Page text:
Have you ever wished your photographs were sharper, had more detail and clarity?  Are you cursed by speckled,
smeary images?  If so, you need to defeat the two main enemies of clarity; blur and noise. 

This guide aims to help you recognise which culprits are ruining your toy photographs, understand why they are
happening and identify the steps you can take to defeat them.  


Blur is the presence of soft areas where there should be sharp lines, detail and texture.  There are three, main causes
of blur: motion, ineffective focusing and depth of field limitations. 


A sharp picture requires that all parts of the scene remain in the same place as the exposure is taken.  If they move,
you will get a smearing of information across the sensor (the part of the camera that captures the image).  This results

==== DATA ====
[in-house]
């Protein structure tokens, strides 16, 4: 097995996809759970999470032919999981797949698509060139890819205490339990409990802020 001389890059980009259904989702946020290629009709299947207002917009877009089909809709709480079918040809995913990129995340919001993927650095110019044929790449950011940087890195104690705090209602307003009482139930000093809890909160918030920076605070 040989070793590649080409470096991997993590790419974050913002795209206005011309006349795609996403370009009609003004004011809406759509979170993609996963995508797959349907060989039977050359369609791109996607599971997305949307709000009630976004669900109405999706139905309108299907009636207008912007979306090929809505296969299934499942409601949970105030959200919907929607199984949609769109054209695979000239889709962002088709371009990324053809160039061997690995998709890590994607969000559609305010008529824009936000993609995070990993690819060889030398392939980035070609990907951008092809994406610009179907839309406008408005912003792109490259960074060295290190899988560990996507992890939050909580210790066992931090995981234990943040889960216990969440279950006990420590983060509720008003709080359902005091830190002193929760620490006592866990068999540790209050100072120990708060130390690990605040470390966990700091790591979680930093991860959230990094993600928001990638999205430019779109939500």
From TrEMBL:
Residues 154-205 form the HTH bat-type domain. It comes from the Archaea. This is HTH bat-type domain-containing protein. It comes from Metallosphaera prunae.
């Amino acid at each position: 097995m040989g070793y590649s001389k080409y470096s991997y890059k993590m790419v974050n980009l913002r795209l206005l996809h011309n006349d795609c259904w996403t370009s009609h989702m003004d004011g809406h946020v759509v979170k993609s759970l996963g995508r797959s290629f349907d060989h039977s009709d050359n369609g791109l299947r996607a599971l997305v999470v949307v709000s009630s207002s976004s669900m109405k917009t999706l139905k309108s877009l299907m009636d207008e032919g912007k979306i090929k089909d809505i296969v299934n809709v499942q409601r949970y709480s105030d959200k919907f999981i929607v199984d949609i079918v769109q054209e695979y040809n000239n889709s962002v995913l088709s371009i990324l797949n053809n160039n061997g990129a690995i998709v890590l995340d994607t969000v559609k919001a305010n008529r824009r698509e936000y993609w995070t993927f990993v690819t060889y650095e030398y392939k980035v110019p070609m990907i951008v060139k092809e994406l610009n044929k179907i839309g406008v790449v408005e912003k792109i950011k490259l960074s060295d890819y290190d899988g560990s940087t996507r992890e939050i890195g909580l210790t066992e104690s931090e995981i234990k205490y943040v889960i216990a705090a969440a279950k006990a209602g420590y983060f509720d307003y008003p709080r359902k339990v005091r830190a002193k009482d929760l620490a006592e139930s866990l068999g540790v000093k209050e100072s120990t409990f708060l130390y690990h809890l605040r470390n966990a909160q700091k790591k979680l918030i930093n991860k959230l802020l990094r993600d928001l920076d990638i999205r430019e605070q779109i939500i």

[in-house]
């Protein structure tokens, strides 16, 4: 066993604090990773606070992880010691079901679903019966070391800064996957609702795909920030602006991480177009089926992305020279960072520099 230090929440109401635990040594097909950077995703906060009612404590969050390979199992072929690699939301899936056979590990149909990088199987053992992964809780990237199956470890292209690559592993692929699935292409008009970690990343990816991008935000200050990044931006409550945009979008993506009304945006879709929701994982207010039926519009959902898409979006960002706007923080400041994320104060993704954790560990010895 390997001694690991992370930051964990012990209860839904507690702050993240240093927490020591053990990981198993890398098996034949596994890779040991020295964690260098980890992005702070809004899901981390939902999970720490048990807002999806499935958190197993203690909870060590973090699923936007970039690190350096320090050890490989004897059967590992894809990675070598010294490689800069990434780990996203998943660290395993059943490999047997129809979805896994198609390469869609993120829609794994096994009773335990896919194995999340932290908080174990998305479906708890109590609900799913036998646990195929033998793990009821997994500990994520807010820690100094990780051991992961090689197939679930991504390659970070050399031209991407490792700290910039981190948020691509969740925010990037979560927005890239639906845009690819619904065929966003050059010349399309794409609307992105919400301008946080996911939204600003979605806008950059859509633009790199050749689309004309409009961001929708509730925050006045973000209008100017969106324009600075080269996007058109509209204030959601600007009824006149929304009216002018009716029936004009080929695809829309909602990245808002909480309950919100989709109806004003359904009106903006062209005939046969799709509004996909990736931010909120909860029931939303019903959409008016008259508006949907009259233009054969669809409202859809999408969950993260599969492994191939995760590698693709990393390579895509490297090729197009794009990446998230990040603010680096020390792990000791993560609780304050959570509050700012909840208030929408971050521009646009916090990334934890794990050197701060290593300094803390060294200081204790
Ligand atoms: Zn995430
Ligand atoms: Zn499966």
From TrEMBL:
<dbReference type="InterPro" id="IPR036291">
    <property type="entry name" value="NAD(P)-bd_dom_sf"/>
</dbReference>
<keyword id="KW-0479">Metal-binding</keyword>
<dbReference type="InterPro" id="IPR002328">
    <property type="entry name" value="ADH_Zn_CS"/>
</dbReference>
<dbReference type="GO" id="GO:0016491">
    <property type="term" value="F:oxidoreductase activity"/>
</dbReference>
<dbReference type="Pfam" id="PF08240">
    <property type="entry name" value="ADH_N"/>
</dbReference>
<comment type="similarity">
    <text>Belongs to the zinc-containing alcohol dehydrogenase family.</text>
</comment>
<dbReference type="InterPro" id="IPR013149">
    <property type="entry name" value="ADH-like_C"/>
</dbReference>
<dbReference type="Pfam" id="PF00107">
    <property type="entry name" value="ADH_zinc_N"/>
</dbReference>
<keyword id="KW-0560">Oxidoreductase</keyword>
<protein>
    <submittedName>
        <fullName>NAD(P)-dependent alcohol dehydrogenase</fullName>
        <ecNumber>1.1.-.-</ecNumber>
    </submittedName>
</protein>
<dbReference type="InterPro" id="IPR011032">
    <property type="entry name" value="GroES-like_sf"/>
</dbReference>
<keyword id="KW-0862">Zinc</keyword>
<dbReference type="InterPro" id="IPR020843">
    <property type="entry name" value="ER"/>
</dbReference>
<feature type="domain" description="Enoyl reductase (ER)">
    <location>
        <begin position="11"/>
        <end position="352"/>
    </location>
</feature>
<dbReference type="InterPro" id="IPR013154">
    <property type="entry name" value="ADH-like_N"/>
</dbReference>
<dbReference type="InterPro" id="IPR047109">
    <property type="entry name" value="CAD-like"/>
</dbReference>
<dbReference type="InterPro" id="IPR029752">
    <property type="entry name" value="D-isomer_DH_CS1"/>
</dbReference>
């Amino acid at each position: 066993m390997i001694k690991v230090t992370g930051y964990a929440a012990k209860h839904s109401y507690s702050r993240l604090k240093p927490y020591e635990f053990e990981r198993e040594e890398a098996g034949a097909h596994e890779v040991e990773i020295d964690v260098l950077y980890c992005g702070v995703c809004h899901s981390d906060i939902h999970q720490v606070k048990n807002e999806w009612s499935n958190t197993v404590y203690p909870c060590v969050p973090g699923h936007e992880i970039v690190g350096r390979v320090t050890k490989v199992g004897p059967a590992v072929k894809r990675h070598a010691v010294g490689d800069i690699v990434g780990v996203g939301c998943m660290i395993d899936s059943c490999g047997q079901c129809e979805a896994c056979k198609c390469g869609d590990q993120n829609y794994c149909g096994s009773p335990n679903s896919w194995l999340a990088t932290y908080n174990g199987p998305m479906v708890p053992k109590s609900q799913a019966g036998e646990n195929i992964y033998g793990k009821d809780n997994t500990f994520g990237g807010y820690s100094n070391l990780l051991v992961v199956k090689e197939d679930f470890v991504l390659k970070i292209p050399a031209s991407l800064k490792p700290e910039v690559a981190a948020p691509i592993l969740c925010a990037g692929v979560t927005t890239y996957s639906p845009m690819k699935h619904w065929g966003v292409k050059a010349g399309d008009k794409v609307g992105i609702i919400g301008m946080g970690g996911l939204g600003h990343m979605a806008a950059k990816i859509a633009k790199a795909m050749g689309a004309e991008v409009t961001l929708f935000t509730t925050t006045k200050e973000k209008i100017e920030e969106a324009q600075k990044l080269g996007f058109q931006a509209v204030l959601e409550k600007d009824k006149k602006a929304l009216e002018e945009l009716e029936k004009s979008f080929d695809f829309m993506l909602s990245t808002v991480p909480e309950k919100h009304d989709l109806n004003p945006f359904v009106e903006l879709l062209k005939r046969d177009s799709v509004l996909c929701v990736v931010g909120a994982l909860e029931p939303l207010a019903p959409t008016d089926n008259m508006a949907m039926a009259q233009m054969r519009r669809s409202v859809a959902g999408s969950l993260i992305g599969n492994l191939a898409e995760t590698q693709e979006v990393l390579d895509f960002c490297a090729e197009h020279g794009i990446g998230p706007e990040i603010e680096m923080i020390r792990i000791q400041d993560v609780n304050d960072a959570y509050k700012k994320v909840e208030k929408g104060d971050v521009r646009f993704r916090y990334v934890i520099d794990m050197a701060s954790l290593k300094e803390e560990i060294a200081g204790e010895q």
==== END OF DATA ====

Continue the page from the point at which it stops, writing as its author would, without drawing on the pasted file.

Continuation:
in blur. 

Motion blur can be recognised when there is softness across the entire image; in the subject and in the background. 
Nothing is sharp.  What differentiates it from general focus problems is the presence of double or multiple images in the
same scene.  If you look at high contrast edges (so, where there is a light area right next to a dark area, with a sharp
line between them), you might see double or multiple edges, indicating the different positions of the camera as the shot
was taken.  It can also show itself as streaks or lines from highlights, smeared across the image as the camera moved.
The detail shows the raised hand.  If you look at the edges, you can see a double line.  This identifies this hazy picture
as a victim of motion blur. 


When shooting toys, your subjects are not going anywhere.  We therefore donít have to worry about them.  However,
you will move and there are three types of movement that could spoil your shot.  Firstly, no matter how steadily you
hold a camera, your body and hands will move slightly as you take the picture.  Secondly, the action of your finger
pressing the shutter release button will move the camera slightly.  Lastly, the action of the mirror of your DSLR flipping